Thursday, September 10, 2009

The Fickleness of Life and Theological Reflection

Have you ever noticed life’s got a sort of fickleness about it? Have you ever wondered why or what’s the source of this fickleness? It’s like one day we’re popular and the flavour of the month (or day) and then only days or a week later there’s a drifting that somehow occurs: we feel all alone—for a time. Be that an hour, a day... longer even.

Recently I had one of those alone-times when not only did the world appear indifferently silent to me, I felt a particular very indiscernible discord in some of my key relationships. Sure, when push comes to shove the love’s there but the rapport goes missing, even for a day.

One thing I’m really grateful for from my days doing theological studies is the learning of theological reflection (TR). This is about picking a point in life and taking a holistic view toward it in order, perhaps, to see God’s viewpoint on the matter.

I use a particular technique which is quite simple (there are more involved ways of doing TR).[1] My method is the ‘head, heart, holy’ style of gaining Spiritual insight into the matters that trouble or vex me.


My logical mind tells me that it’s not so much that people are fickle, but it is me that wavers. (I get a hint from my heart.) Sure, my head also tells me people waver too, but they don’t do it personally or spitefully; they can’t be thinking of me all the time!


My heart is forlorn at times when things are quiet, (yet at times we need quiet to come back to a “centre” or our central purpose) and it’s at these times the head informs the heart to seek God even more. Once I make that journey things become better... infinitely better. Loneliness with God is a sacred and lovely place to be I’ve learned. It’s possibly more preferable than having all the approval in the world. (People would argue this point with me both ways, I’m sure.)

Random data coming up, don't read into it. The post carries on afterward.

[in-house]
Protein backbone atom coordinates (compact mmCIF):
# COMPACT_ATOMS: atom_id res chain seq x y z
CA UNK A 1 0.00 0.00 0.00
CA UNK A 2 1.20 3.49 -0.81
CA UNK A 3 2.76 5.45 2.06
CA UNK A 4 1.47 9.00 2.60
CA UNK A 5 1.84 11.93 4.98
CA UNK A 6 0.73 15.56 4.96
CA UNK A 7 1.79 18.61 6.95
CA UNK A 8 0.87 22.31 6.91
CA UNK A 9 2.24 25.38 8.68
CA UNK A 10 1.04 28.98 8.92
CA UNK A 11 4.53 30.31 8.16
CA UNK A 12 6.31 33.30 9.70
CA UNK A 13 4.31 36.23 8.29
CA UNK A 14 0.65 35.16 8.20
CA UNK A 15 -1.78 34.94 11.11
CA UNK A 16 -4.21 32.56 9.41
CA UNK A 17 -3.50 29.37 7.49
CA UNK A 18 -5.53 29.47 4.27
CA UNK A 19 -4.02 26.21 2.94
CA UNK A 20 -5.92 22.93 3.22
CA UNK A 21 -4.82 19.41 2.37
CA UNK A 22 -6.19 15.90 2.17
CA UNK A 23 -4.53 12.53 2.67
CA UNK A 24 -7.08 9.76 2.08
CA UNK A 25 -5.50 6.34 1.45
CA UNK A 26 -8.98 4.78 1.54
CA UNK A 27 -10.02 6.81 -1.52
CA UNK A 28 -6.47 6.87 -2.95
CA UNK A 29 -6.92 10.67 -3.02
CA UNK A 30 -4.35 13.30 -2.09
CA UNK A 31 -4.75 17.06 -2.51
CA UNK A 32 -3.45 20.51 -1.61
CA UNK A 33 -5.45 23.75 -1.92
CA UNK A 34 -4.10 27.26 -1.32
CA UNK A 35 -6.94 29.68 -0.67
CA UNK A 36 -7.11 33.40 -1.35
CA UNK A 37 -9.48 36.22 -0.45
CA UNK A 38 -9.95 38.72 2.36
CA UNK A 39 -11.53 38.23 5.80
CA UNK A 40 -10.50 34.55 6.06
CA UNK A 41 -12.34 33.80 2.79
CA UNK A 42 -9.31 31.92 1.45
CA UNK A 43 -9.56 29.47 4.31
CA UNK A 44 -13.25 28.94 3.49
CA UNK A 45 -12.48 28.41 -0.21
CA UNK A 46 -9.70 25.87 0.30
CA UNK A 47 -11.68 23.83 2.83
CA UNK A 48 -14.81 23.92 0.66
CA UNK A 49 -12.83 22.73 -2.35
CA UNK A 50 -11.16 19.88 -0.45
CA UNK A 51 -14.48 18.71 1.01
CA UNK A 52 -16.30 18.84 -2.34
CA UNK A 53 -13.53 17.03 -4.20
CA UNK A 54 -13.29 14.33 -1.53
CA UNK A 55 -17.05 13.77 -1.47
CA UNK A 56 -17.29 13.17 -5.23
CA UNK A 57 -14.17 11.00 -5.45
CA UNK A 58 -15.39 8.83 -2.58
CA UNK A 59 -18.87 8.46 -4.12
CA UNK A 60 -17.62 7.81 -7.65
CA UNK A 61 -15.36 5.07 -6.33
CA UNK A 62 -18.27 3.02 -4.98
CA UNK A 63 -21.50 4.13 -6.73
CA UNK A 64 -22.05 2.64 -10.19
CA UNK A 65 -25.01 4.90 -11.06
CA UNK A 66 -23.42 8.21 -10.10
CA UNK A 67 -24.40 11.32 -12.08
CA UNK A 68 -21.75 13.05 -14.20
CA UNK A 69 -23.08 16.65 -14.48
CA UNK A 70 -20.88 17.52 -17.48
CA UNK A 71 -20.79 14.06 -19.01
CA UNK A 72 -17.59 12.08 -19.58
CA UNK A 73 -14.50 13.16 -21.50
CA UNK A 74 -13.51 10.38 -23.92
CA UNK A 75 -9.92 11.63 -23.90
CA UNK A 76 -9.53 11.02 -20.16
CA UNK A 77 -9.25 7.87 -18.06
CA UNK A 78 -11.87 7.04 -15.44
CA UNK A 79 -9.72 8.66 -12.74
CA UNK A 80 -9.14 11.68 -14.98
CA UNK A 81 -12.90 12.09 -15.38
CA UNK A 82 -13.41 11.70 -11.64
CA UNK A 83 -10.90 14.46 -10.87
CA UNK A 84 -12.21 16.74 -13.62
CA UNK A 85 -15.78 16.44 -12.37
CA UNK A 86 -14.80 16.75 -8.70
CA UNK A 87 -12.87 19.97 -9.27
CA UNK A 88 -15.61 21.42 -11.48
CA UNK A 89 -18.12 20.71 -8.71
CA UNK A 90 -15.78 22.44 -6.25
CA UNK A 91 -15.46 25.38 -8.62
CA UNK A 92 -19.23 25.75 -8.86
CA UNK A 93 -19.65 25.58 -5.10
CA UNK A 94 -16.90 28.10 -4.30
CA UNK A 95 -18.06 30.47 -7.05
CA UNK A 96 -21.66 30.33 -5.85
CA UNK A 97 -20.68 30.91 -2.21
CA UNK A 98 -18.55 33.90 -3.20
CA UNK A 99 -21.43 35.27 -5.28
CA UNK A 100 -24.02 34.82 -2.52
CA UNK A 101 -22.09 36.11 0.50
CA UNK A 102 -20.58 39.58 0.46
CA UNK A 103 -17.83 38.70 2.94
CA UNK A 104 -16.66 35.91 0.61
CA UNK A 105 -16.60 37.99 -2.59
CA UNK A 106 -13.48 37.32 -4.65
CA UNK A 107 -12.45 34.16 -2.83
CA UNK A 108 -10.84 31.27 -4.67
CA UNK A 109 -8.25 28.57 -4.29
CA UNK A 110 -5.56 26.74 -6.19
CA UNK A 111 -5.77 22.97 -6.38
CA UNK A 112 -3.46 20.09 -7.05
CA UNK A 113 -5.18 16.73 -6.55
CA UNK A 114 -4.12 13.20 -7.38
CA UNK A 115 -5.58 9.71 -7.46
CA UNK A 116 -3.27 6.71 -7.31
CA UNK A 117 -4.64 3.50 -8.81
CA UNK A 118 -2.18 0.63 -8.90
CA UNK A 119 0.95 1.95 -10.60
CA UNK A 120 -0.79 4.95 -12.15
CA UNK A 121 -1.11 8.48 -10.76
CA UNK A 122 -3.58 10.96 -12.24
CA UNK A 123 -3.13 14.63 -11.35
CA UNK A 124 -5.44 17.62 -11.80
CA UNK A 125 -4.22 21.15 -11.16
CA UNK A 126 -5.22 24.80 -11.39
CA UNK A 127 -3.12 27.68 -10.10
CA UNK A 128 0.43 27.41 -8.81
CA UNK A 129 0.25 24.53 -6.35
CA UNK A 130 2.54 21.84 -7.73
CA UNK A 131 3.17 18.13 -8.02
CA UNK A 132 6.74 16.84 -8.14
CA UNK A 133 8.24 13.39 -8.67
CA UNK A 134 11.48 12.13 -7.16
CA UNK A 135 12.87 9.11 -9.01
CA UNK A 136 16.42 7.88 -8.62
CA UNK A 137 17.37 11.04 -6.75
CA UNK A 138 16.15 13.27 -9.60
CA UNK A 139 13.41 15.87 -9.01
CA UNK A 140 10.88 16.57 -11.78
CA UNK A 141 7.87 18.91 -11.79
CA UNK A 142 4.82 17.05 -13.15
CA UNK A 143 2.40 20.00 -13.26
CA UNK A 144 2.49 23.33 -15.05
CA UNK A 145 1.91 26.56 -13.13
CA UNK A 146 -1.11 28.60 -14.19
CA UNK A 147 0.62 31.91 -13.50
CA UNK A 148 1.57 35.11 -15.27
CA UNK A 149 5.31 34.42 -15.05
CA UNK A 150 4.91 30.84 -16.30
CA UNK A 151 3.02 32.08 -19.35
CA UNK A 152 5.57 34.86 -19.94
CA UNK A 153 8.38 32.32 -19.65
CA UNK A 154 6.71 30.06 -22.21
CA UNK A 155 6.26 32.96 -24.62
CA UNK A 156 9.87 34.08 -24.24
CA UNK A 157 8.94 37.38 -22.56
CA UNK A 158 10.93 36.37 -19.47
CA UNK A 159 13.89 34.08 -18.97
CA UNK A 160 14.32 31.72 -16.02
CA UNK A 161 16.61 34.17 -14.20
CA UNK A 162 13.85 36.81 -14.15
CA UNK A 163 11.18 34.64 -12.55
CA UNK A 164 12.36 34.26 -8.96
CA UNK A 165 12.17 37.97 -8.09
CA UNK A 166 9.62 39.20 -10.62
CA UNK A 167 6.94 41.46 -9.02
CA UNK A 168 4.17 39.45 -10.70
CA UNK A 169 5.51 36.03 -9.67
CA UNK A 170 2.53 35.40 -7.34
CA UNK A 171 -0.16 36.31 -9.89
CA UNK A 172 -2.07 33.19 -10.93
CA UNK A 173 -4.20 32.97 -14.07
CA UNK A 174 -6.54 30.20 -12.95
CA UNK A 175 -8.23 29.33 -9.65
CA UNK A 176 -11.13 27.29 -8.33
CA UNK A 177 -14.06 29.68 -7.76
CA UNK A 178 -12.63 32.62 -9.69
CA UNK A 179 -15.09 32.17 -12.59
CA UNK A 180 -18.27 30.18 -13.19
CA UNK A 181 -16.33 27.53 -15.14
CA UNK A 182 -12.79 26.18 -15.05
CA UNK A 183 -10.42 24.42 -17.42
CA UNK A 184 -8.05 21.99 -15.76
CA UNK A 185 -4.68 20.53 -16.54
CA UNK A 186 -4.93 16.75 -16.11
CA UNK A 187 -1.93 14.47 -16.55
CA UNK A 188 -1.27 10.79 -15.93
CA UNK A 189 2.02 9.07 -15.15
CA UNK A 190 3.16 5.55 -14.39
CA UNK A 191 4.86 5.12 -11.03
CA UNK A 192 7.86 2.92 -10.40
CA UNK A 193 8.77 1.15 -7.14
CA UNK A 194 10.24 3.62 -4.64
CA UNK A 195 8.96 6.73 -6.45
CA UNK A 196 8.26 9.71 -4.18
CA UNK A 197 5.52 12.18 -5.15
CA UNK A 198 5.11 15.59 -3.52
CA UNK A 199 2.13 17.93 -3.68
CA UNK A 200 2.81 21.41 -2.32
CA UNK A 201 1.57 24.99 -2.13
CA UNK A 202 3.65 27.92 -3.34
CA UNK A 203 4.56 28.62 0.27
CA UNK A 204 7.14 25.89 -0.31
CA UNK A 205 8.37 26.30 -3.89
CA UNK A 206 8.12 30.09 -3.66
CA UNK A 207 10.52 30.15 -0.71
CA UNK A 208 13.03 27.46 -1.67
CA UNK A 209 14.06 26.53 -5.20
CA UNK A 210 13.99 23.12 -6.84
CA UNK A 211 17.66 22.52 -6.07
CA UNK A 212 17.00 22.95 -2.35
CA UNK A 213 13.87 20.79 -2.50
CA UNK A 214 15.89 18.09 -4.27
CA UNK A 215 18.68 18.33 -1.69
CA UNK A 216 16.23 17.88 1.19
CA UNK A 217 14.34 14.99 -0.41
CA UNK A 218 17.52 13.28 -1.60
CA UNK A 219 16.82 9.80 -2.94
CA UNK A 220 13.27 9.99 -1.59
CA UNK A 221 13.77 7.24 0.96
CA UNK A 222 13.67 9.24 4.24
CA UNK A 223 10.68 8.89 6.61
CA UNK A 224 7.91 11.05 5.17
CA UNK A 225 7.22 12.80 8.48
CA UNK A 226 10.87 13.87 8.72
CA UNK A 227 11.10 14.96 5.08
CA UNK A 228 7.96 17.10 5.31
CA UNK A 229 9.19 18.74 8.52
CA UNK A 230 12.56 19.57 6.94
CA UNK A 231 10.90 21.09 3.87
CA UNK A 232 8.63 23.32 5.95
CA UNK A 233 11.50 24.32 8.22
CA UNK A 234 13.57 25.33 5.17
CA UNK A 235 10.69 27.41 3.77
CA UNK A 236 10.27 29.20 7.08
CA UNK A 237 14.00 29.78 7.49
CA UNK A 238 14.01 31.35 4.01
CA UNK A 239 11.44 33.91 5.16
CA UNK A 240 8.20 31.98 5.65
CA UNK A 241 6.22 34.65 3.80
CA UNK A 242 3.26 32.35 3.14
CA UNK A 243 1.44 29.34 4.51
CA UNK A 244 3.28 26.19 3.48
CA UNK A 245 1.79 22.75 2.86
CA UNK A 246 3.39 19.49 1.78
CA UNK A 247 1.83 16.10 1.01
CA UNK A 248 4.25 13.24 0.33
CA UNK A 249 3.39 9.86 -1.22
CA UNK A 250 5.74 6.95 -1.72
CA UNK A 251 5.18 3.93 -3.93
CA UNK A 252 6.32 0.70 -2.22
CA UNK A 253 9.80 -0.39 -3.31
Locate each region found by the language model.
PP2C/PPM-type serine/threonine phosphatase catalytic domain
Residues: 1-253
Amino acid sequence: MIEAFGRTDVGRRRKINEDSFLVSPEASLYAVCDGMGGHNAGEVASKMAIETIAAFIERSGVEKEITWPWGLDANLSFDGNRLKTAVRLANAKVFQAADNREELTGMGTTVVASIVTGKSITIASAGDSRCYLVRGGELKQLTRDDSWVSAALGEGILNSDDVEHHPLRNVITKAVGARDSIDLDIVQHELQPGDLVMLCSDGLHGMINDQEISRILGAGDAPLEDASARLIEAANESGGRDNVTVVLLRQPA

Our emotional and spiritual hearts are funny things; we take things so personally at times—even within ourselves; that which the outward world would never know about. Lieutenant Fear is the soldier behind this. Get to him and we get to the heart of the matter to the mollifying of our troubles.


This is where, once we’ve properly done the preparation work (head and heart), we might get an insight from the viewpoint of God’s insight; that is if we’re genuinely seeking his input.

God’s view on the fickleness of people and the world could be we can only trust his faithfulness completely. Human beings (including me) will be unfaithful from time to time.

Also, humans cannot think universally like the heart of God can. Fickleness will appear fickle to us human beings because we’ve got so much imperfection to gaze upon. From God’s holy viewpoint, this fickleness is probably not fickleness at all—it’s possibly simply balance.

He doesn’t want us to become overly reliant on human beings; he wants us to become reliant on him, and on his Spirit—to revive, challenge and encourage us. God’s the source, not other people.


We get what we pay for in life. If we place ourselves in a fickle world, we’ll feel fickle from time to time. (And we’re “placed” in a fickle world whether we like it or not.) We must grow to accept that life is fickle, it is unfair, but only when it’s devoid of God and the perspectives only God can bring.

The best answer to the perception that the world is fickle is to go on beyond it anyhow.

© S. J. Wickham, 2009.

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